But some have been involved in a black market in tickets, paying 70 cents on the dollar to help winners avoid taxes and get cash quickly.
Lottery officials found unusual patterns in where the owners’ tickets were purchased, how often they were scanned to see if they had won and how long the winner took to cash them.
When most people are lucky enough to win a rare prize worth $600 or more, they cash the ticket within a few days.
But investigators found that with the owners of the 18 stores, that frequently wasn’t the case.
Adel Khazem, owner of a Stop N Shop corner store in Margate in Broward County, has won at least 113 times since 2009, collecting $223,000.
Investigators examined 13 of his tickets. The lottery keeps data that shows when the code on every lottery ticket is scanned by a lottery terminal and used it to track his tickets. Customers with dozens of tickets often ask clerks to scan them to see if any are winners.
Investigators found that Khazem waited more than a month to cash in one ticket after learning it was a winner, but during that month, he cashed in other tickets. That could have happened if someone else bought the winning ticket but hadn’t sold it to him yet.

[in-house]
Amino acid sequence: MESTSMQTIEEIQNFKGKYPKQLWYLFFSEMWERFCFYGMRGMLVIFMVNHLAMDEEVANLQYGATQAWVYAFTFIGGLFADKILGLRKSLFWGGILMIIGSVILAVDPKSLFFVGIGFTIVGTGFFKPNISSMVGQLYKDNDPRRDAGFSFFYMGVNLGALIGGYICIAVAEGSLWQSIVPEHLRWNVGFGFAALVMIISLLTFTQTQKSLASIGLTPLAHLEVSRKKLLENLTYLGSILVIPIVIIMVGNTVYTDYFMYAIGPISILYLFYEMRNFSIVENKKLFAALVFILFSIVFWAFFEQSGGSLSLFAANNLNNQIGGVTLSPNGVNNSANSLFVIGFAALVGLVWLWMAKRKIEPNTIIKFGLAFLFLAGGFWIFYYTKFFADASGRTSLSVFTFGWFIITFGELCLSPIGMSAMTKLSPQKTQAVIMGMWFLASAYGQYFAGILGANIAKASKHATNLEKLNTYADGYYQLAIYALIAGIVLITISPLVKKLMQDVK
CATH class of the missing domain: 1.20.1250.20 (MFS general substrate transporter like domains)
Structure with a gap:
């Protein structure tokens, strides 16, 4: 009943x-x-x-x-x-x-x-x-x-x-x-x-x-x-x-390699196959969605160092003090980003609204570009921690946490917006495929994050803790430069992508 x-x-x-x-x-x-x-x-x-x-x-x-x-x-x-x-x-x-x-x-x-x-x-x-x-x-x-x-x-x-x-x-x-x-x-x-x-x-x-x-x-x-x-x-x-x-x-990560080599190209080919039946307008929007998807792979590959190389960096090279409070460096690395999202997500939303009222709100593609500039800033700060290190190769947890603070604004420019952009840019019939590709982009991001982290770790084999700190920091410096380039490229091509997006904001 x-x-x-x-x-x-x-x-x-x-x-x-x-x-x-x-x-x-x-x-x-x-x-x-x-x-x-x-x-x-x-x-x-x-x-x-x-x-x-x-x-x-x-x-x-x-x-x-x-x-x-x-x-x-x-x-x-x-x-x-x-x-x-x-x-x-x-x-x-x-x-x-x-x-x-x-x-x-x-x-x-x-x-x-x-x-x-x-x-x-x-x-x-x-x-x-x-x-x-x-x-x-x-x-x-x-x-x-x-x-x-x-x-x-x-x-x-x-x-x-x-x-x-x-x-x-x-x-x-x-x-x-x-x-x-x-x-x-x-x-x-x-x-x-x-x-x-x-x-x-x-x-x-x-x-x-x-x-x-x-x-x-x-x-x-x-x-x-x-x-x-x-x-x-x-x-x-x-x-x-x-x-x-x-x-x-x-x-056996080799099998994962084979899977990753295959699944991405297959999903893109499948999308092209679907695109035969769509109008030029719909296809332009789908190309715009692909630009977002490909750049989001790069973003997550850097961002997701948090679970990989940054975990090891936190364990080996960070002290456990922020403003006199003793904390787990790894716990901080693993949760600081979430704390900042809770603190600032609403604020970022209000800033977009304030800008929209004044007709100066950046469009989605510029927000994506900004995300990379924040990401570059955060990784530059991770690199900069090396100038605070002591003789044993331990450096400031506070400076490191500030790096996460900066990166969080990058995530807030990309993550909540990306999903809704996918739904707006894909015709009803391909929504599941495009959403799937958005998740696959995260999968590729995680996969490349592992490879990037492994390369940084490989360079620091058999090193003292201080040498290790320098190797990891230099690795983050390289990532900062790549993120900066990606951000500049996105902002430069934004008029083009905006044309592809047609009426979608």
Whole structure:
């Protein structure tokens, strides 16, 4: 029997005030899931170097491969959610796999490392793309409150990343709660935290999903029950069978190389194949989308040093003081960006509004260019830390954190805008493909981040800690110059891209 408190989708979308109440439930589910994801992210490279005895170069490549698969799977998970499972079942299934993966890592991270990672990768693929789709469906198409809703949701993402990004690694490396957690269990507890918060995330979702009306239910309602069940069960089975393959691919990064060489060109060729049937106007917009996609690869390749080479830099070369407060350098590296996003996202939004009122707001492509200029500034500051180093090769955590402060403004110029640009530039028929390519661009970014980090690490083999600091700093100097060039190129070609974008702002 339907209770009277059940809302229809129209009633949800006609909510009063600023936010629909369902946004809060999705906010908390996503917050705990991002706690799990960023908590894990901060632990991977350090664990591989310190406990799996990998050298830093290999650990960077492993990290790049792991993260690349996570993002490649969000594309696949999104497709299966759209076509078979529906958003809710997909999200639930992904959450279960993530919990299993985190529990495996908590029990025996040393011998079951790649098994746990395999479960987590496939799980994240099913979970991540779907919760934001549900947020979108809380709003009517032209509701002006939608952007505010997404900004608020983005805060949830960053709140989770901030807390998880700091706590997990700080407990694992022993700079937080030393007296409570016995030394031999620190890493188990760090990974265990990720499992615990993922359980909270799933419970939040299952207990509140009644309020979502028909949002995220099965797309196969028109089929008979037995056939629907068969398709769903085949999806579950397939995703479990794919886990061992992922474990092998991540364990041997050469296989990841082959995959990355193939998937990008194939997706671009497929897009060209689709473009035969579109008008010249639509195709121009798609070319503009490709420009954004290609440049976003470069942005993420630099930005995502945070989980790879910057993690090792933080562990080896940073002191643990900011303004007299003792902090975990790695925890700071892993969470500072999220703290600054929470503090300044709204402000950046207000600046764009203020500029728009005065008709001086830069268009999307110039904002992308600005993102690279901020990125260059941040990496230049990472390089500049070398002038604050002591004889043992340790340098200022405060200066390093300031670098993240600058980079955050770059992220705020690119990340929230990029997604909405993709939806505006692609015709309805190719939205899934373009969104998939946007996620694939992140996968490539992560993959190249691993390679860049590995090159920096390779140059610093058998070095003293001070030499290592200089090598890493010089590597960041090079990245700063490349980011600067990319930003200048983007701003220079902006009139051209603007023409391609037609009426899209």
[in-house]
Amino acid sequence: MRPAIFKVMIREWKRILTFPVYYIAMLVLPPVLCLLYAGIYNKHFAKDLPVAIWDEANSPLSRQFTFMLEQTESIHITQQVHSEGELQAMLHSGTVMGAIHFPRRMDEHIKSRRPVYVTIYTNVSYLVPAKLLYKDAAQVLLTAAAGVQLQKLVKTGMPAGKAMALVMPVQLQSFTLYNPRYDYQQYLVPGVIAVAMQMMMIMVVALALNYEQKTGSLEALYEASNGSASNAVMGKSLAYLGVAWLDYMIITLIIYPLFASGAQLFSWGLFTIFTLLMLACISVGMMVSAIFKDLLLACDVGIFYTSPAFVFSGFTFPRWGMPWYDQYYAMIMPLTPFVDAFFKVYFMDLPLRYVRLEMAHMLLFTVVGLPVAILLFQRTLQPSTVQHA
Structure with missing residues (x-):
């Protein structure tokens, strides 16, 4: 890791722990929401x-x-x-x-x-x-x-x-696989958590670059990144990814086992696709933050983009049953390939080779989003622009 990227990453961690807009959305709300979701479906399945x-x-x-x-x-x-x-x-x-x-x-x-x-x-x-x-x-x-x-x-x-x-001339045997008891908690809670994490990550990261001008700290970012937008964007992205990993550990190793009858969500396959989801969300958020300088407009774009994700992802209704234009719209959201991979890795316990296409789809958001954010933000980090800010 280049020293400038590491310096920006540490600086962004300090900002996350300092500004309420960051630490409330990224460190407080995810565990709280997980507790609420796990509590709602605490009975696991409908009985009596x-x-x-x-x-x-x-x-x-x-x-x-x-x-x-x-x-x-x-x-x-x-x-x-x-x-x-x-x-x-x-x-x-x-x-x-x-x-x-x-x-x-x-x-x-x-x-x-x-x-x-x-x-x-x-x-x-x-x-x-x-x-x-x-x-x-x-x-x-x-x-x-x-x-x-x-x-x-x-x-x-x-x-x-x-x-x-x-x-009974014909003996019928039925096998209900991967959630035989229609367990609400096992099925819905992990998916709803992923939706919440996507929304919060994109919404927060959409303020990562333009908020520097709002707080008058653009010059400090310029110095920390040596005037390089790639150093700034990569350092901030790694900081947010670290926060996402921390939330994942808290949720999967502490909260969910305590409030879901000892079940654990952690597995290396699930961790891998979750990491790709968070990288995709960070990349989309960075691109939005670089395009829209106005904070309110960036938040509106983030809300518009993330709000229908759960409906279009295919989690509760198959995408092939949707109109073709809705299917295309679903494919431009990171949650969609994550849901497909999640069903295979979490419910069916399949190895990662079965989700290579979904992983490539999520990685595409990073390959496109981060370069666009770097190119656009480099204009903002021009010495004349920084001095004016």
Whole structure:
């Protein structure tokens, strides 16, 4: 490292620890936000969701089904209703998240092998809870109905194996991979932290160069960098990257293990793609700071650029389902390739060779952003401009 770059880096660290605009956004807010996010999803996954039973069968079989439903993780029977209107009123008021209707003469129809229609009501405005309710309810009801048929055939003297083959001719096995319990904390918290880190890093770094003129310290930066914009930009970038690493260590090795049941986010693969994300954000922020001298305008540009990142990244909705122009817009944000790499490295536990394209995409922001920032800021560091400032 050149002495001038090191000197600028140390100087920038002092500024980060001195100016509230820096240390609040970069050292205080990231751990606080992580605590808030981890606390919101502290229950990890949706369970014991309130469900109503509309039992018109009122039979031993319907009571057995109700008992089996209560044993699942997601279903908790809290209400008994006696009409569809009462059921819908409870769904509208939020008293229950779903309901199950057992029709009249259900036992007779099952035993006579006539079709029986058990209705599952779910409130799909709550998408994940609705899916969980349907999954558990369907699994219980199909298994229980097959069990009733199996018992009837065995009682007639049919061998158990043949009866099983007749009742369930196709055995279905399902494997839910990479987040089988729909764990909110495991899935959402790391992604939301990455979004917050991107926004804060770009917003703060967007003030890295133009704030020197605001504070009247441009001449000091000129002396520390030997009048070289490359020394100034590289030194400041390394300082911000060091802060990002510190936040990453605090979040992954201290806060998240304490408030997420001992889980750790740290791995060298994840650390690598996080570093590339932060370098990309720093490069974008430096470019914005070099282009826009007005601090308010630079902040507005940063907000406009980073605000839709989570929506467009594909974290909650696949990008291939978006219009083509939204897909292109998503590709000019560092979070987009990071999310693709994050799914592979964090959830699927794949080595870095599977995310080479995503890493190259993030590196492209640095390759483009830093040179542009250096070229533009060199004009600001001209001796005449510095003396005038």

There were other problems with his wins, too. He signed his checks for lottery winnings over to his brother, but couldn’t explain why, according to lottery records. He didn’t respond to call for comment.
And even though his biggest winner, a $30,000 scratch-off ticket, was sold from a gas station in the Panhandle, he couldn’t remember where the ticket came from.
“The activity observed to be conducted by Mr. Khazem appears to be the results of either defrauding players of their tickets or ticket brokering,” investigator Don Mardis wrote in his final report.
Winners for sale
Prizes worth $600 or more have to be redeemed at a lottery district office. But before giving the customer a check, the lottery makes sure the person doesn’t owe child support, taxes or similar obligations.
That can prompt some winners to have someone else cash in their tickets, often for a fee. And sometimes store clerks acting as ticket brokers convince customers in the country illegally that they can’t cash the ticket without being deported. That’s not true.
According to the lottery investigation, these customers go from store to store to have someone cash in their ticket. At each store, the ticket is scanned, until an owner agrees to buy the ticket from the customer.
“The retailer/clerk then files the claim in their name,” investigators wrote in the Thakkers’ report.
Other stores identified by The Post have lost their ability to sell tickets, too.